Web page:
The Asian Citrus Psyllid is referred botanically called Diaphorina citri Kuwayama (Hemiptera: Psyllidae) is a pest of citrus and close relatives of citrus. Together with the African Citrus Psyllid Trioza erytreae (del Guercio) are the two most dangerous citrus pests in the World (Bronson & Gaskalla par.1).
Diaphorina citri Kuwayama causes extreme damage to the crop by spreading pathogens that cause greening or the yellow dragon disease to the citrus plants. The disease can also be referred as the yellow shoot disease because the shoots of the citrus plants become yellow in color. Furthermore the disease also causes chlorosis as if the plant is lacking the zinc nutrient, the twigs are affected and there is reduced fruit size and the productivity declines. The fruit color is not well developed and this to the greening effect hence the name greening disease (Bronson & Gaskalla par.2).
Buitendag & Broembsen argue that the interaction between the vector and the pathogen is not well known and range from 30 minutes for the Asian Citrus Psyllid and 24 hours for the African Psyllid hence the Asian pest is more lethal. The Asian Citrus Psyllid have been a menace to farmers in South Texas (p.269). The pathogens are believed to multiply in the vectors hence increasing in numbers and causing havoc to the citrus plants (Aubert 150). The adult Asian Citrus Psyllid (ACP) are small ranging between 3 to 4 millimeters and have brown wings. These insects are very active and move very fast. The eggs are bright yellow in color and are laid on the feathery flush. Nymphs are either green or dark orange and feed on the leaves and also the stem and can be hard to find in a field unless one is keen (Bronson & Gaskalla par.4).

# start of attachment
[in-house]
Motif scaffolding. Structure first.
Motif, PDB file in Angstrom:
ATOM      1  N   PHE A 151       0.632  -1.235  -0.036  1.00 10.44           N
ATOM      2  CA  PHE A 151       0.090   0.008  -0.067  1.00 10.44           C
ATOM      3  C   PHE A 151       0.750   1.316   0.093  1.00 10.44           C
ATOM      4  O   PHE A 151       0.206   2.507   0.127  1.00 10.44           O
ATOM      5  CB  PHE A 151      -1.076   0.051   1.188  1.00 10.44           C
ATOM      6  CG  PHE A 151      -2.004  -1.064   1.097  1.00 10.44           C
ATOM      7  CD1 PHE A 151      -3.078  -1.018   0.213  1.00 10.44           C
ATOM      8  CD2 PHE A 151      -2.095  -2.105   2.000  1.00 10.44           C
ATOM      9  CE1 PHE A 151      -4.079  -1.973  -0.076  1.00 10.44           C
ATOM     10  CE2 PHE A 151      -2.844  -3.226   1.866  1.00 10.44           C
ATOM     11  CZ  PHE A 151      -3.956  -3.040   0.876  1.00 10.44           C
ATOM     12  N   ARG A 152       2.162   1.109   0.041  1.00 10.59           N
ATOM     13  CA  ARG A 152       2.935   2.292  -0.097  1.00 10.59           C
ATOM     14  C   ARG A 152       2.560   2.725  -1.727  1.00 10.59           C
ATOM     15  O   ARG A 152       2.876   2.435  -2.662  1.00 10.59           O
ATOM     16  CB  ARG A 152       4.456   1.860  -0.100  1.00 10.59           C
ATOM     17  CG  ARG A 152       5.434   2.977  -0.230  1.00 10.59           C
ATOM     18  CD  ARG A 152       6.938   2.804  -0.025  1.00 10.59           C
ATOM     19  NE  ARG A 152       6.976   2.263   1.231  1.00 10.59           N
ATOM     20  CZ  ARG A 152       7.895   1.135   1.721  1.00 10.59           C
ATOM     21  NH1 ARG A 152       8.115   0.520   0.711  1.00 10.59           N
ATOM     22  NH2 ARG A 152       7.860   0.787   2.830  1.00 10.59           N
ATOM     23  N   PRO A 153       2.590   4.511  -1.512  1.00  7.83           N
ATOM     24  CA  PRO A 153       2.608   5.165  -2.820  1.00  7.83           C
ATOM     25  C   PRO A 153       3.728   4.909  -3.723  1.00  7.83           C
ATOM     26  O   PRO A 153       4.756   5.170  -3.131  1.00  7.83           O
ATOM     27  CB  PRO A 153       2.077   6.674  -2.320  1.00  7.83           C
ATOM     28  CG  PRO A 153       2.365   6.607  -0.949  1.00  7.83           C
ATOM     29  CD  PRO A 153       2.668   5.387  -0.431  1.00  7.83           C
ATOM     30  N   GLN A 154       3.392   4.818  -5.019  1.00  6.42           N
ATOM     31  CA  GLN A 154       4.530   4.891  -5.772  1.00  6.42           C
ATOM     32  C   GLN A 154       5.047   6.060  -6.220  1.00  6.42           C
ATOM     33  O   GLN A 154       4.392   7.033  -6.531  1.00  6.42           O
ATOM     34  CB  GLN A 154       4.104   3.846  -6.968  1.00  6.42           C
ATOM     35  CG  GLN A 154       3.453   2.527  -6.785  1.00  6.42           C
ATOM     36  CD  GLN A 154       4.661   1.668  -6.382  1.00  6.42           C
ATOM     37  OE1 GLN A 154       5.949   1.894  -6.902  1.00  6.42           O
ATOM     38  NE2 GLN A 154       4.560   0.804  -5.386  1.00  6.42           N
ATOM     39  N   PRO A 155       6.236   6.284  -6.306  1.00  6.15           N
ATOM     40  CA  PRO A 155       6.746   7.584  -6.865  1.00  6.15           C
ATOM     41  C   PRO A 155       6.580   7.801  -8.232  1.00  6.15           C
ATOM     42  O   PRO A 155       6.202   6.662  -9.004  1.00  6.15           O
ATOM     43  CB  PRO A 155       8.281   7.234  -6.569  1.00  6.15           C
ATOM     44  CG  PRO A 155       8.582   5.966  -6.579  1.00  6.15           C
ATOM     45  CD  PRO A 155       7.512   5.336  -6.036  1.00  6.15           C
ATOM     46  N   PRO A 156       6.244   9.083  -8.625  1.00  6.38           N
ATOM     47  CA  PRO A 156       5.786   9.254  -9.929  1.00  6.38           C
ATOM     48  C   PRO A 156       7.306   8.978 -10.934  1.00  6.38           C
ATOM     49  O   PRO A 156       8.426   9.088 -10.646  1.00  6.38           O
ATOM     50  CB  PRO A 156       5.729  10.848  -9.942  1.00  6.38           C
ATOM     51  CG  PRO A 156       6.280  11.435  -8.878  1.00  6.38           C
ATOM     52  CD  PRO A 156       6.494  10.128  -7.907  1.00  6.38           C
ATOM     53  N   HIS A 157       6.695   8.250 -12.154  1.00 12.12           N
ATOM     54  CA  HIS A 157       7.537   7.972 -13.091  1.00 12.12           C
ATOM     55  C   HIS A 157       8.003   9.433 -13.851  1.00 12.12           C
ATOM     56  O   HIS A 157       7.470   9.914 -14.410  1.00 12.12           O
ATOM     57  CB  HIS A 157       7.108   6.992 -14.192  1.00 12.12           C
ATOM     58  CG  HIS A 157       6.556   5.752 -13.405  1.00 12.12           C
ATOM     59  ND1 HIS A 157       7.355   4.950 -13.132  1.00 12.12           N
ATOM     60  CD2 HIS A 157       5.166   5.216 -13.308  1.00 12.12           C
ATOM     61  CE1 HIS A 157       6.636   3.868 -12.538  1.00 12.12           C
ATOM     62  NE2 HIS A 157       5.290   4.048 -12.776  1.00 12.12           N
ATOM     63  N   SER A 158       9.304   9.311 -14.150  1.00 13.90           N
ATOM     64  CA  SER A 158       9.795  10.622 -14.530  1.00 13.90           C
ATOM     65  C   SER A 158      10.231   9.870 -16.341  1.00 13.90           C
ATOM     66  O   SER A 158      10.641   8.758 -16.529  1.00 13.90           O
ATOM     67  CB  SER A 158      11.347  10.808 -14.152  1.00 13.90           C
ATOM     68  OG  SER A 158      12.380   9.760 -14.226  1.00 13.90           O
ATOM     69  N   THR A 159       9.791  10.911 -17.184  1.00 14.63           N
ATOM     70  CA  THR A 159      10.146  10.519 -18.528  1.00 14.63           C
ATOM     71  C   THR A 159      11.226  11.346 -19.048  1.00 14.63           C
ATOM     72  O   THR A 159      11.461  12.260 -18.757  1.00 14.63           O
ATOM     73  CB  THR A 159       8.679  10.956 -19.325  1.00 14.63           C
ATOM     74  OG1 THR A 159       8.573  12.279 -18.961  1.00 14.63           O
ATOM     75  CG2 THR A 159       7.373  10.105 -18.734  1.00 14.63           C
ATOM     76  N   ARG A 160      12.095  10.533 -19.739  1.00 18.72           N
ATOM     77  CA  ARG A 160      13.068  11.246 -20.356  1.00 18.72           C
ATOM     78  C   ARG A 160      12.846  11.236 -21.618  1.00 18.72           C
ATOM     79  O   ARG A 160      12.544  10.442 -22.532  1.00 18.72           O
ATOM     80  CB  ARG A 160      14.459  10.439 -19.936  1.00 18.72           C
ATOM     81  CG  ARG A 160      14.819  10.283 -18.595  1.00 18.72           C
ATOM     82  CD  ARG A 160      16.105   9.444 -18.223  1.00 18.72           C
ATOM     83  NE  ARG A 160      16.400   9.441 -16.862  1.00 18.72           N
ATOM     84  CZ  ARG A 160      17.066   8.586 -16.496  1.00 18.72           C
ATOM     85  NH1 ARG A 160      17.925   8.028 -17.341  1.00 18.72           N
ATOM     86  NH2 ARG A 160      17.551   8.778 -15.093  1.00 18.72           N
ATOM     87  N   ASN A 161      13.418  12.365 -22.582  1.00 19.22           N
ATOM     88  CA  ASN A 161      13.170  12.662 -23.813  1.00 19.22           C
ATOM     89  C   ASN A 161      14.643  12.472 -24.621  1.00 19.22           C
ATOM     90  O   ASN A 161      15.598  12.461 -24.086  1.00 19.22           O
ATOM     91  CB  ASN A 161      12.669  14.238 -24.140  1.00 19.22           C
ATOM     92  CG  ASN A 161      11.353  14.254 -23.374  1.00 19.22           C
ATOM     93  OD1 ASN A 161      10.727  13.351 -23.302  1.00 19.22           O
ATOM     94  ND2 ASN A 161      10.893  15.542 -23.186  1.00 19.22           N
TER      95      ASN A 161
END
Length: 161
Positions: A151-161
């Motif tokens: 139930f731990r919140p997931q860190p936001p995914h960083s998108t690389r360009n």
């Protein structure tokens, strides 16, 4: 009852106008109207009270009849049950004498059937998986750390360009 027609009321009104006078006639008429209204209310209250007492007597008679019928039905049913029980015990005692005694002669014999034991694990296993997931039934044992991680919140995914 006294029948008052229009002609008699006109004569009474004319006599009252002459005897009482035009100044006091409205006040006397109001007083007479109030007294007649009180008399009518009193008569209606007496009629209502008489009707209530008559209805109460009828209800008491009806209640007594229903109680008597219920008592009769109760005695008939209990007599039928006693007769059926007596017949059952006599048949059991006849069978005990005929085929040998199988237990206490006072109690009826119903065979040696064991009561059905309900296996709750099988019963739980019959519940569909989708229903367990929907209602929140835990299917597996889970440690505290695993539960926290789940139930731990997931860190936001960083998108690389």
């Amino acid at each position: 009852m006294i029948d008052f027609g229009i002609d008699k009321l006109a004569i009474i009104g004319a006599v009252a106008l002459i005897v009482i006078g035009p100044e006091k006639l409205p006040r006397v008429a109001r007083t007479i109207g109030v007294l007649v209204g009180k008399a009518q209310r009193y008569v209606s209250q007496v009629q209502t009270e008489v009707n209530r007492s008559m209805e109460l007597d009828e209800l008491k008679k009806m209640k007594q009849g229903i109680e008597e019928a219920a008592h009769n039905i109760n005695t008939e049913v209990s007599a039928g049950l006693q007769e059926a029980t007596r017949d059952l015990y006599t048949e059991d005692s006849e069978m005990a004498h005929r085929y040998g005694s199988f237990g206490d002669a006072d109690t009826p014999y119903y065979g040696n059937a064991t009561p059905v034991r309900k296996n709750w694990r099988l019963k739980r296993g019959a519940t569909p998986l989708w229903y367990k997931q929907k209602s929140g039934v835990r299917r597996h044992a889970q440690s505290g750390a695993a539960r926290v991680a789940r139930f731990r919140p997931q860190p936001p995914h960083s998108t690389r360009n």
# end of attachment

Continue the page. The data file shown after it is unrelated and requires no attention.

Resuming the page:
Citrus is a universal terminology employed to refer to a number of cultivated plant genus belonging to the Rutaceae folks such as Grapefruit, emerald, oranges and lemon. The US produces about forty percent of the collective grapefruit produced globally; this includes both processed as well as fresh fruit bazaar. The states in which this crop is grown include Florida, Arizona and South Texas. This research will be based on South Texas whereby the pest is a menace and has caused poor production in citrus products (Evans et al 126).
Total acreage of commercial Citrus in Texas is at twenty seven thousand acres quantified at a fiscal value worth one hundred and sixty million dollars (Rosson 1). The initiation of citrus production in Texas stretch back in the 1849, when the earliest citrus trees were planted near Brazoria (Anciso 162).The concentration of commercial citrus in southern Texas is due to the regions fertile alkaline soils besides to subtropical environment that are moderately appropriate for citrus construction (Sauls 254).
Nevertheless, owing to the lack of adequate rainfall, almost all of citrus orchards in the LRGV are irrigated, with most of the water acquired from the Rio Grande River (Uckoo et al 25).
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